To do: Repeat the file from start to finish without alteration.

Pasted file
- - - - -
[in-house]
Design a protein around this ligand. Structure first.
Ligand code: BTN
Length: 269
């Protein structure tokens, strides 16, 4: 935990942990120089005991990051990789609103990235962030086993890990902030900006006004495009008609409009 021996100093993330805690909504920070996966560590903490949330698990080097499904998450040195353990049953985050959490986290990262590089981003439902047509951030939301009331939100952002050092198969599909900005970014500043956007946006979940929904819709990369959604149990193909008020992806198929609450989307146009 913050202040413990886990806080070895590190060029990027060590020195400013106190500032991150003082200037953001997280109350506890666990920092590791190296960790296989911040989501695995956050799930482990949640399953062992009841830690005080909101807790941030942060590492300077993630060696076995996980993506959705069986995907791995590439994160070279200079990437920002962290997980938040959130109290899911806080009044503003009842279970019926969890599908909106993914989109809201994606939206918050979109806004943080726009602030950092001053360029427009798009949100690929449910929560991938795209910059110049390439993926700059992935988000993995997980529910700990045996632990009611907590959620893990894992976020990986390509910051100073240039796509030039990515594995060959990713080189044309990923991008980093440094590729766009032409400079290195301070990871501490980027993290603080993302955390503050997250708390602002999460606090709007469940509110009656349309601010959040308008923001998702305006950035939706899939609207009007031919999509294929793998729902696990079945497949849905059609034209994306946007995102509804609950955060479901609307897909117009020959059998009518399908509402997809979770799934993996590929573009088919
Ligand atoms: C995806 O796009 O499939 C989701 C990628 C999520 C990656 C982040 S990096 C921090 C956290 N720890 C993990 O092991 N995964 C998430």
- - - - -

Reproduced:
[in-house]
Design a protein around this ligand. Structure first.
Ligand code: BTN
Length: 269
């Protein structure tokens, strides 16, 4: 935990942990120089005991990051990789609103990235962030086993890990902030900006006004495009008609409009 021996100093993330805690909504920070996966560590903490949330698990080097499904998450040195353990049953985050959490986290990262590089981003439902047509951030939301009331939100952002050092198969599909900005970014500043956007946006979940929904819709990369959604149990193909008020992806198929609450989307146009 913050202040413990886990806080070895590190060029990027060590020195400013106190500032991150003082200037953001997280109350506890666990920092590791190296960790296989911040989501695995956050799930482990949640399953062992009841830690005080909101807790941030942060590492300077993630060696076995996980993506959705069986995907791995590439994160070279200079990437920002962290997980938040959130109290899911806080009044503003009842279970019926969890599908909106993914989109809201994606939206918050979109806004943080726009602030950092001053360029427009798009949100690929449910929560991938795209910059110049390439993926700059992935988000993995997980529910700990045996632990009611907590959620893990894992976020990986390509910051100073240039796509030039990515594995060959990713080189044309990923991008980093440094590729766009032409400079290195301070990871501490980027993290603080993302955390503050997250708390602002999460606090709007469940509110009656349309601010959040308008923001998702305006950035939706899939609207009007031919999509294929793998729902696990079945497949849905059609034209994306946007995102509804609950955060479901609307897909117009020959059998009518399908509402997809979770799934993996590929573009088919
Ligand atoms: C995806 O796009 O499939 C989701 C990628 C999520 C990656 C982040 S990096 C921090 C956290 N720890 C993990 O092991 N995964 C998430």